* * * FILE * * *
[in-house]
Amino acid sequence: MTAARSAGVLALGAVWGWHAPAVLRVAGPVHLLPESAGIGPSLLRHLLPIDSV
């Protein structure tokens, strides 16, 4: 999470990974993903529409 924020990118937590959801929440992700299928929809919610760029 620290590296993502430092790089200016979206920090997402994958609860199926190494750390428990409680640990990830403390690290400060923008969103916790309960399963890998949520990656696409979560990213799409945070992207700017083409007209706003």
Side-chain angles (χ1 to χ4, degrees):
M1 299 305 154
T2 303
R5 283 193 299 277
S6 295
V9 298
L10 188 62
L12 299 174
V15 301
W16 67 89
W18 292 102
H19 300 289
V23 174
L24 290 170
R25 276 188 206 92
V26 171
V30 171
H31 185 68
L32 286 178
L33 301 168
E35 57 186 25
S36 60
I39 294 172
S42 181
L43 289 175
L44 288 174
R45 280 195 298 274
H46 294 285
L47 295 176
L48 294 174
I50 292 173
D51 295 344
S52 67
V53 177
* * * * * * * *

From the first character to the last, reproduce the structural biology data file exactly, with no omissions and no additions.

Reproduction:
[in-house]
Amino acid sequence: MTAARSAGVLALGAVWGWHAPAVLRVAGPVHLLPESAGIGPSLLRHLLPIDSV
């Protein structure tokens, strides 16, 4: 999470990974993903529409 924020990118937590959801929440992700299928929809919610760029 620290590296993502430092790089200016979206920090997402994958609860199926190494750390428990409680640990990830403390690290400060923008969103916790309960399963890998949520990656696409979560990213799409945070992207700017083409007209706003």
Side-chain angles (χ1 to χ4, degrees):
M1 299 305 154
T2 303
R5 283 193 299 277
S6 295
V9 298
L10 188 62
L12 299 174
V15 301
W16 67 89
W18 292 102
H19 300 289
V23 174
L24 290 170
R25 276 188 206 92
V26 171
V30 171
H31 185 68
L32 286 178
L33 301 168
E35 57 186 25
S36 60
I39 294 172
S42 181
L43 289 175
L44 288 174
R45 280 195 298 274
H46 294 285
L47 295 176
L48 294 174
I50 292 173
D51 295 344
S52 67
V53 177